The procedure used in Comparative Example A was repeated using a composition containing 30% by weight fine silica, 3% by weight of pigments based on iron oxides, 67% by weight of methyl methacrylate.
In contrast to the experiments of Comparative Example A the painted area was transferred clearly into the moulding as a well defined square without change in its area. The general appearance of the contrasted area was identical to the remainder of the moulding except in that it exhibited an attractive colour contrast.
The procedure of Comparative Example A was repeated using a nickel surfaced, wash basin mould in place of the glass plate mould. That part of the mould forming the rim of the wash basin was sprayed with a composition containing 40 parts by weight silica, 3 parts by weight of pigments based on iron oxides and 57 parts by weight of methyl methacrylate whilst the mould surface was at a temperature of about 80° C. A dry deposit was left on the mould surface. The mould was then filled with a curable composition similar to that used in Comparative Example A containing 0.5% by weight of pigments based on iron oxides. After polymerisation the sprayed deposit was found to have been transferred precisely into the moulding surface to provide an attractive colour contrast effect. The wear properties of the colour contrast area were essentially the same as the remainder of the moulding.
The procesure of Example 2 was repeated using the compositions listed in Table 2 below:
TABLE 2______________________________________Composition Observation______________________________________3% by weight of pigments based The applied depositon iron oxides in 97% by weight was transferred intomethyl methacrylate. the moulding but no longer retained the pattern in which it had been applied to the mould.Composition used in Example was The transferredcoated with an acrylic resin deposit had thelacquer and an isocyanate appearance ofhardener. crocodile skin.______________________________________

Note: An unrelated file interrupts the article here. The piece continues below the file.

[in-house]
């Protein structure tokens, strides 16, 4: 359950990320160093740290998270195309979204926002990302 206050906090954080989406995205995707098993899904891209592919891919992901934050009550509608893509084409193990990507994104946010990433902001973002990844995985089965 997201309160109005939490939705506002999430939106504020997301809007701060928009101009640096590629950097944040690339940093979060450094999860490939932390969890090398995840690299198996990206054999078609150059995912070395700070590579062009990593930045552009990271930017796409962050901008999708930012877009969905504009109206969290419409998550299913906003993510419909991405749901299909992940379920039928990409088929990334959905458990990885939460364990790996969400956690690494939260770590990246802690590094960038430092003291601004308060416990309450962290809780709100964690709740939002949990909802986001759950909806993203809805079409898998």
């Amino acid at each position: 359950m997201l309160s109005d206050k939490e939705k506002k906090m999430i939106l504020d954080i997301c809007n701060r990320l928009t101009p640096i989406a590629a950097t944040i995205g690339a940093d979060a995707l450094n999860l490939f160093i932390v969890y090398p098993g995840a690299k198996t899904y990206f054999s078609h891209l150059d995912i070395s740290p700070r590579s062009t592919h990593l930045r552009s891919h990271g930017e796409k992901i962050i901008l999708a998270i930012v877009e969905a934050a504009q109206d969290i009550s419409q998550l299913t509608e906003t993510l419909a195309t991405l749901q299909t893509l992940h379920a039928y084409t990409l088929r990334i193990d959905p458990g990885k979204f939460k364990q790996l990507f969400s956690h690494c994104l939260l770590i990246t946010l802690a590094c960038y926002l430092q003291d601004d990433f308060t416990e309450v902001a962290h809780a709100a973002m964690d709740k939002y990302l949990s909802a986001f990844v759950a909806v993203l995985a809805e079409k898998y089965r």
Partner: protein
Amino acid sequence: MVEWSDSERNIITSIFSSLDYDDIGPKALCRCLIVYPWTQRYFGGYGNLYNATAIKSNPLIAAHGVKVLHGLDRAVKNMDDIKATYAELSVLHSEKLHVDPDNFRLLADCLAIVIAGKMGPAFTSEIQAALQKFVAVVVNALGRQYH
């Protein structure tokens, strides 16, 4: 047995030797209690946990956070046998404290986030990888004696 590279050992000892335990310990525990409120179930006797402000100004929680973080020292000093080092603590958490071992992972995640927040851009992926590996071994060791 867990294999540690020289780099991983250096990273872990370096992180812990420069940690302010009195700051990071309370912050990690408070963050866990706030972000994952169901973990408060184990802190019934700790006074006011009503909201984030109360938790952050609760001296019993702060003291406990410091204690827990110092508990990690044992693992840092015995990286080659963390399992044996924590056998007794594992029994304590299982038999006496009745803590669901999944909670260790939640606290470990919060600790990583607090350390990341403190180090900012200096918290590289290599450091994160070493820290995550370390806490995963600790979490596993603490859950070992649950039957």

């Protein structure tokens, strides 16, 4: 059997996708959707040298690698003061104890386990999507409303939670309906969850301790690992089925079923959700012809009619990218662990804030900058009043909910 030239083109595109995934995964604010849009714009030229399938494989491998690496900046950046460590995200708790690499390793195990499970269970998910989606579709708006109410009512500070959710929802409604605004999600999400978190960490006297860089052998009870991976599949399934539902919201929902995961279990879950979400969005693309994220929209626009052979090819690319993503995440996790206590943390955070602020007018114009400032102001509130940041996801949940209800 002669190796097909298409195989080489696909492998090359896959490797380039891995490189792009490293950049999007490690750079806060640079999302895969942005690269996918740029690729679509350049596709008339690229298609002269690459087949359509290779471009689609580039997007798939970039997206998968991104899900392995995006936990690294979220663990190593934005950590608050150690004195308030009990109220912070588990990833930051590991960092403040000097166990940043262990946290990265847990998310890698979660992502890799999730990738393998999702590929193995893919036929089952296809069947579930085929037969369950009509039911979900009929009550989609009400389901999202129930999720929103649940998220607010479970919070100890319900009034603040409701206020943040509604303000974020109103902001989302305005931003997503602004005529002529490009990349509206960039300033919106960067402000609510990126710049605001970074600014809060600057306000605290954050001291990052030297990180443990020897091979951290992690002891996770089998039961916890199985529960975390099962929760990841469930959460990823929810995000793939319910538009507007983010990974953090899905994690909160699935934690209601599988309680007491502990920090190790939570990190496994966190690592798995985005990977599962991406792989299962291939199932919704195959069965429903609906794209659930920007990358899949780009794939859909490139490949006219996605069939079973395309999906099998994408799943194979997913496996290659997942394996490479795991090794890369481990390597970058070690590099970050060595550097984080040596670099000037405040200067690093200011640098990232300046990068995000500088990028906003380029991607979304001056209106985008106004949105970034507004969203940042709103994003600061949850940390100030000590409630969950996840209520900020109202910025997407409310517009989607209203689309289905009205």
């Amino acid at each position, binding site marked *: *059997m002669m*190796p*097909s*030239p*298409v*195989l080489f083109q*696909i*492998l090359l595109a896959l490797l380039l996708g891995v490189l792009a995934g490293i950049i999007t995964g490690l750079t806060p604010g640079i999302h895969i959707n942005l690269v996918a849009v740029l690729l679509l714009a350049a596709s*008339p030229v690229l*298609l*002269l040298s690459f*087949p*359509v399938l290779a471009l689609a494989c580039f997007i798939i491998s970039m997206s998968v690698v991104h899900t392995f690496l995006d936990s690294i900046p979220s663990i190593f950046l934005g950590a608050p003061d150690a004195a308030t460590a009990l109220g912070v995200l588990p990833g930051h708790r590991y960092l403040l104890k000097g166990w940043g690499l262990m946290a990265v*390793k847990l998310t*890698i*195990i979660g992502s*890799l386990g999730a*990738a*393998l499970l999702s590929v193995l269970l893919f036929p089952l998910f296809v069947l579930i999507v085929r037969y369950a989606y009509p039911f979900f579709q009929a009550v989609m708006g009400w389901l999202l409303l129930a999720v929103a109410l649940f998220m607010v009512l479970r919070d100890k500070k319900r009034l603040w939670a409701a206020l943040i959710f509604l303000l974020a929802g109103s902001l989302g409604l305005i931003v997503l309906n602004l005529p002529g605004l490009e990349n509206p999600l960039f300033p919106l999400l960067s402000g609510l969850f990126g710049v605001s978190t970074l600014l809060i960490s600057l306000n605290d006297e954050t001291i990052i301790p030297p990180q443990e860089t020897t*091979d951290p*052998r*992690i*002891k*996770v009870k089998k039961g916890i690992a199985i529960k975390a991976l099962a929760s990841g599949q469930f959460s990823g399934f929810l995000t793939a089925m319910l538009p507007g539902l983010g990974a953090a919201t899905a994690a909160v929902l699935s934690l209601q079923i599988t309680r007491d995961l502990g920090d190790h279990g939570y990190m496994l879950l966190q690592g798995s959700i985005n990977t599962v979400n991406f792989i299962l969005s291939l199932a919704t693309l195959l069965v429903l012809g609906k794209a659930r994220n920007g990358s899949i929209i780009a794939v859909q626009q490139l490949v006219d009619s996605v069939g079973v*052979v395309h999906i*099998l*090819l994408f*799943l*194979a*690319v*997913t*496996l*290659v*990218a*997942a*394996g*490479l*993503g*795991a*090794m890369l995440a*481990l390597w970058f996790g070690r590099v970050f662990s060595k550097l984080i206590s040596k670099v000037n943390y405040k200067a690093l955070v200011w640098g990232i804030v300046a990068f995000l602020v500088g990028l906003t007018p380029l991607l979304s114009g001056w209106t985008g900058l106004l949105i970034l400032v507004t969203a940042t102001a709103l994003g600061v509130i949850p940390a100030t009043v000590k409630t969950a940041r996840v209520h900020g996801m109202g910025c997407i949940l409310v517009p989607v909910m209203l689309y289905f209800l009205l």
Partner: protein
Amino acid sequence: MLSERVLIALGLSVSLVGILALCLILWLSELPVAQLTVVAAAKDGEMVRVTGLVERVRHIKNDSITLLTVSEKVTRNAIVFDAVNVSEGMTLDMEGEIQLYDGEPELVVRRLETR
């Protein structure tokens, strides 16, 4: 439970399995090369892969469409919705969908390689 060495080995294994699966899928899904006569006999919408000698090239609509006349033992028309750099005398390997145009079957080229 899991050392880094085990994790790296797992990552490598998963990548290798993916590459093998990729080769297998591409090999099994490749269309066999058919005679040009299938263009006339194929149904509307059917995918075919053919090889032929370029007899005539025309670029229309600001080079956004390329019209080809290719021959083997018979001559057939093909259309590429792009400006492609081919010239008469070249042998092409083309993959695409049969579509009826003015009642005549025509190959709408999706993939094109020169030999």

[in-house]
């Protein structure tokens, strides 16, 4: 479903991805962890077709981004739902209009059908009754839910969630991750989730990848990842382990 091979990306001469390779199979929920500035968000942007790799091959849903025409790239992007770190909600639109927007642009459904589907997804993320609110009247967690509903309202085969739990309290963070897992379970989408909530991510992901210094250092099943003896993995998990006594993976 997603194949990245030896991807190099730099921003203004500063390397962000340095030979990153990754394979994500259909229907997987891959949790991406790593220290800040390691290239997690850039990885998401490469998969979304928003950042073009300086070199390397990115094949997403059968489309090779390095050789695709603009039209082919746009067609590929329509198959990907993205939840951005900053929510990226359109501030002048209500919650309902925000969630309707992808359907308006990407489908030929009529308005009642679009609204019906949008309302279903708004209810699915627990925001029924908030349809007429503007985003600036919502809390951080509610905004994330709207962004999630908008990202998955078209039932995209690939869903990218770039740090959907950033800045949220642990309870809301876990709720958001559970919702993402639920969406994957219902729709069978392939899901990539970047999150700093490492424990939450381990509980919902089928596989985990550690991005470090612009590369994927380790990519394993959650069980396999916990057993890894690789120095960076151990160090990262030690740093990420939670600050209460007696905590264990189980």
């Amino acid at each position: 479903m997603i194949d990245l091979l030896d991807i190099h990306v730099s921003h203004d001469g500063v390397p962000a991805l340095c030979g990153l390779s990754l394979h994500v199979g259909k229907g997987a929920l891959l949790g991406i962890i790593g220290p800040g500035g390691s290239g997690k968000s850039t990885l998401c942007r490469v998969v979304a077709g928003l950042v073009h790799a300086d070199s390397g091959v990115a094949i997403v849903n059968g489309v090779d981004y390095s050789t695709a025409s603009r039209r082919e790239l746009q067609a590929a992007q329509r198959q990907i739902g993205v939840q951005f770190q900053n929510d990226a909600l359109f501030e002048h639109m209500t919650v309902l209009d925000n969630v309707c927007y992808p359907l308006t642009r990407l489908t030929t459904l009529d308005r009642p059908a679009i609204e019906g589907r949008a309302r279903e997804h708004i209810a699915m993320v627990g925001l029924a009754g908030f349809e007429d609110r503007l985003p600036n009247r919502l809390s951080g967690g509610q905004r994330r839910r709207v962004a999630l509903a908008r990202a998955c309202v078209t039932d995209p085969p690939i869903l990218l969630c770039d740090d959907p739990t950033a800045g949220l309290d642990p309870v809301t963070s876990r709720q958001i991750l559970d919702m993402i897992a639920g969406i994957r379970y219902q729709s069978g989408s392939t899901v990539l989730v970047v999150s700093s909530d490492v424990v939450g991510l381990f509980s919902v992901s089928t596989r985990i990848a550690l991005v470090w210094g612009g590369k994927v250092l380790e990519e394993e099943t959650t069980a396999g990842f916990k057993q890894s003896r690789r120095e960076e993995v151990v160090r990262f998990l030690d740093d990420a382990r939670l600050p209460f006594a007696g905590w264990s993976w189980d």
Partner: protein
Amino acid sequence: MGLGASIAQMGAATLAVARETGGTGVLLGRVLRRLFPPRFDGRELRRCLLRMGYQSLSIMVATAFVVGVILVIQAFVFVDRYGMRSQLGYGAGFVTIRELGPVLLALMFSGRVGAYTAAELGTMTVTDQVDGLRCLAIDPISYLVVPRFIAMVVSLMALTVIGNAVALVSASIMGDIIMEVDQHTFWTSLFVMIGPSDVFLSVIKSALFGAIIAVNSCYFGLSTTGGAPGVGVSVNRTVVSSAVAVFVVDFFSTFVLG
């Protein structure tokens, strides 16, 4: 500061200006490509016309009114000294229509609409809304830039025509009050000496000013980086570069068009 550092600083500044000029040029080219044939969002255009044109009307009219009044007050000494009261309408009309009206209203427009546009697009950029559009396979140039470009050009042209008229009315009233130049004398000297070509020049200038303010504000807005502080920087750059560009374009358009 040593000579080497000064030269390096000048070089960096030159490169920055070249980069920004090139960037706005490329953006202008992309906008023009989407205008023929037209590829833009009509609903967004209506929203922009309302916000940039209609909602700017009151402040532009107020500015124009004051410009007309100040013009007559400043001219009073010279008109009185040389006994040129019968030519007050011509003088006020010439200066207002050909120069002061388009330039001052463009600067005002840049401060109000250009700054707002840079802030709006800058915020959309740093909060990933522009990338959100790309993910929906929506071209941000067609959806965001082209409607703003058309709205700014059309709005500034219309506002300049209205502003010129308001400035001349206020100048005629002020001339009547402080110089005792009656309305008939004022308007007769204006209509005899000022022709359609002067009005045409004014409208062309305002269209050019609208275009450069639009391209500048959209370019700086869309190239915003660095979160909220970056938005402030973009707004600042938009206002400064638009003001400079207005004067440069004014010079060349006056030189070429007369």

The procedure of Comparative Example A was repeated using the compositions listed in Table 3 below. Run A corresponds to Run D in Table 1.
TABLE 3______________________________________Run Paint Composition Observation______________________________________A Valentine Faun A cellulose-based car Paint wasBrown paint containing transferred into pigments. the moulding but the area was no longer defined clearly.B Valentine Faun As A together with Paint transferredBrown + Silica 50% by weight to moulding on an of silica having area which was an average particle clearly defined. size of 10 micron.______________________________________
This comparison shows that the filler is an essential ingredient in obtaining a good quality, well defined transferred pattern in the surface of the moulding.
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|U.S. Classification||264/245, 264/255|
|International Classification||B29C33/00, B29C37/00, B29B13/00, B29C45/16, B29C39/12|
|Cooperative Classification||B29K2105/16, B29K2995/0021, B29C37/0032, B29C2037/0035, B29C39/12|
|European Classification||B29C37/00C2B, B29C39/12|
|Mar 10, 1982||AS||Assignment|
Owner name: IMPERIAL CHEMICAL INDUSTRIES PLC MILLBANK, LONDON,
Free format text: ASSIGNMENT OF ASSIGNORS INTEREST.;ASSIGNORS:BARNARD, JOHN;BLOOMBAUM, BARRY D.;REEL/FRAME:003991/0636;SIGNING DATES FROM 19820302 TO 19820303
|Feb 17, 1987||FPAY||Fee payment|
Year of fee payment: 4
|Feb 15, 1991||FPAY||Fee payment|
Year of fee payment: 8
|Feb 10, 1995||FPAY||Fee payment|
Year of fee payment: 12